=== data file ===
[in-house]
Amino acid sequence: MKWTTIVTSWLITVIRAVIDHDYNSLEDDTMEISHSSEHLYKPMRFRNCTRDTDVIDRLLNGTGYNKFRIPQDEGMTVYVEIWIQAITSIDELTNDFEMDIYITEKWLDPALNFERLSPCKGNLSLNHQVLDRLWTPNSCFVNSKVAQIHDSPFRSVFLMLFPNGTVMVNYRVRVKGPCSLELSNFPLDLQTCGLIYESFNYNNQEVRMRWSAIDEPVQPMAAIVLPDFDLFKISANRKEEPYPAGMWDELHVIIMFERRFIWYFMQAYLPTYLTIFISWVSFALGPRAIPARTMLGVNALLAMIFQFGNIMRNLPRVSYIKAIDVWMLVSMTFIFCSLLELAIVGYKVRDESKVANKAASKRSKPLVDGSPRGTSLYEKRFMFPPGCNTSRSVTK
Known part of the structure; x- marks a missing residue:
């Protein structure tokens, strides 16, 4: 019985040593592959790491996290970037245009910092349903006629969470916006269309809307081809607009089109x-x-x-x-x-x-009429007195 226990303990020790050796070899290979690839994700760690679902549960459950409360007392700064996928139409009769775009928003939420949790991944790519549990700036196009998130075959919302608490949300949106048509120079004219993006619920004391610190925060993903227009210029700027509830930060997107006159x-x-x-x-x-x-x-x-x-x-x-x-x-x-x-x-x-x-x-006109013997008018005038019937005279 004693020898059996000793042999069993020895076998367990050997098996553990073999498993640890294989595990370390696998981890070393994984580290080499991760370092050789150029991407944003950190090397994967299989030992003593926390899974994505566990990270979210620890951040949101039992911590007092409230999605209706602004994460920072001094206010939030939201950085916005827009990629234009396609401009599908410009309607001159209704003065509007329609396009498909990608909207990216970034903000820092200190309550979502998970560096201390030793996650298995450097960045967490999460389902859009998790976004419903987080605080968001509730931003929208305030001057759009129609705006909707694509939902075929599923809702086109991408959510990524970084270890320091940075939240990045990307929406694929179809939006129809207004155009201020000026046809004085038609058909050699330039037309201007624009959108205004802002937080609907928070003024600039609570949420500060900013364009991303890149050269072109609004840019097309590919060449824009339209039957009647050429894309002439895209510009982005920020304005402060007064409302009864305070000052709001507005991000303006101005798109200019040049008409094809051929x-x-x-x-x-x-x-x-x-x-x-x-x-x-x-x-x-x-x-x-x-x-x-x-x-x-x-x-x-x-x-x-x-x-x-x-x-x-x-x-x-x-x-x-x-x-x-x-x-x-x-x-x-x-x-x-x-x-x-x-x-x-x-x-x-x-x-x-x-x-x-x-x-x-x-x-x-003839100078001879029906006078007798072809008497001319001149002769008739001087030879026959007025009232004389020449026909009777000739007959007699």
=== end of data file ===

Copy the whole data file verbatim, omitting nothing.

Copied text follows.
[in-house]
Amino acid sequence: MKWTTIVTSWLITVIRAVIDHDYNSLEDDTMEISHSSEHLYKPMRFRNCTRDTDVIDRLLNGTGYNKFRIPQDEGMTVYVEIWIQAITSIDELTNDFEMDIYITEKWLDPALNFERLSPCKGNLSLNHQVLDRLWTPNSCFVNSKVAQIHDSPFRSVFLMLFPNGTVMVNYRVRVKGPCSLELSNFPLDLQTCGLIYESFNYNNQEVRMRWSAIDEPVQPMAAIVLPDFDLFKISANRKEEPYPAGMWDELHVIIMFERRFIWYFMQAYLPTYLTIFISWVSFALGPRAIPARTMLGVNALLAMIFQFGNIMRNLPRVSYIKAIDVWMLVSMTFIFCSLLELAIVGYKVRDESKVANKAASKRSKPLVDGSPRGTSLYEKRFMFPPGCNTSRSVTK
Known part of the structure; x- marks a missing residue:
């Protein structure tokens, strides 16, 4: 019985040593592959790491996290970037245009910092349903006629969470916006269309809307081809607009089109x-x-x-x-x-x-009429007195 226990303990020790050796070899290979690839994700760690679902549960459950409360007392700064996928139409009769775009928003939420949790991944790519549990700036196009998130075959919302608490949300949106048509120079004219993006619920004391610190925060993903227009210029700027509830930060997107006159x-x-x-x-x-x-x-x-x-x-x-x-x-x-x-x-x-x-x-006109013997008018005038019937005279 004693020898059996000793042999069993020895076998367990050997098996553990073999498993640890294989595990370390696998981890070393994984580290080499991760370092050789150029991407944003950190090397994967299989030992003593926390899974994505566990990270979210620890951040949101039992911590007092409230999605209706602004994460920072001094206010939030939201950085916005827009990629234009396609401009599908410009309607001159209704003065509007329609396009498909990608909207990216970034903000820092200190309550979502998970560096201390030793996650298995450097960045967490999460389902859009998790976004419903987080605080968001509730931003929208305030001057759009129609705006909707694509939902075929599923809702086109991408959510990524970084270890320091940075939240990045990307929406694929179809939006129809207004155009201020000026046809004085038609058909050699330039037309201007624009959108205004802002937080609907928070003024600039609570949420500060900013364009991303890149050269072109609004840019097309590919060449824009339209039957009647050429894309002439895209510009982005920020304005402060007064409302009864305070000052709001507005991000303006101005798109200019040049008409094809051929x-x-x-x-x-x-x-x-x-x-x-x-x-x-x-x-x-x-x-x-x-x-x-x-x-x-x-x-x-x-x-x-x-x-x-x-x-x-x-x-x-x-x-x-x-x-x-x-x-x-x-x-x-x-x-x-x-x-x-x-x-x-x-x-x-x-x-x-x-x-x-x-x-x-x-x-x-003839100078001879029906006078007798072809008497001319001149002769008739001087030879026959007025009232004389020449026909009777000739007959007699």